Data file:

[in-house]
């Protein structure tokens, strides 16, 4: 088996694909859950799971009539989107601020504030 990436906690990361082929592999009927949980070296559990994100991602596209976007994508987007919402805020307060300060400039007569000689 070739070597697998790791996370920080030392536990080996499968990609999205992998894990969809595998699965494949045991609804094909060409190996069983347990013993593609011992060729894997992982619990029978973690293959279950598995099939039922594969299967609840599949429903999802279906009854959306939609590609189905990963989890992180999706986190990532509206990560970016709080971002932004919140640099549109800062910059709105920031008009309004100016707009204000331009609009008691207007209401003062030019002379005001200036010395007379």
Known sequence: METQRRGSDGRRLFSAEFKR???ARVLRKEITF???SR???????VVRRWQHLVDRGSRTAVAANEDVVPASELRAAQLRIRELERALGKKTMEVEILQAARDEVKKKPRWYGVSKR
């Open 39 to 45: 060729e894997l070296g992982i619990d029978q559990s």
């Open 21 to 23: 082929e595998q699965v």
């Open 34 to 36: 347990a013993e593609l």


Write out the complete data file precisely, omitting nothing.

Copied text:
[in-house]
């Protein structure tokens, strides 16, 4: 088996694909859950799971009539989107601020504030 990436906690990361082929592999009927949980070296559990994100991602596209976007994508987007919402805020307060300060400039007569000689 070739070597697998790791996370920080030392536990080996499968990609999205992998894990969809595998699965494949045991609804094909060409190996069983347990013993593609011992060729894997992982619990029978973690293959279950598995099939039922594969299967609840599949429903999802279906009854959306939609590609189905990963989890992180999706986190990532509206990560970016709080971002932004919140640099549109800062910059709105920031008009309004100016707009204000331009609009008691207007209401003062030019002379005001200036010395007379």
Known sequence: METQRRGSDGRRLFSAEFKR???ARVLRKEITF???SR???????VVRRWQHLVDRGSRTAVAANEDVVPASELRAAQLRIRELERALGKKTMEVEILQAARDEVKKKPRWYGVSKR
């Open 39 to 45: 060729e894997l070296g992982i619990d029978q559990s």
């Open 21 to 23: 082929e595998q699965v």
């Open 34 to 36: 347990a013993e593609l």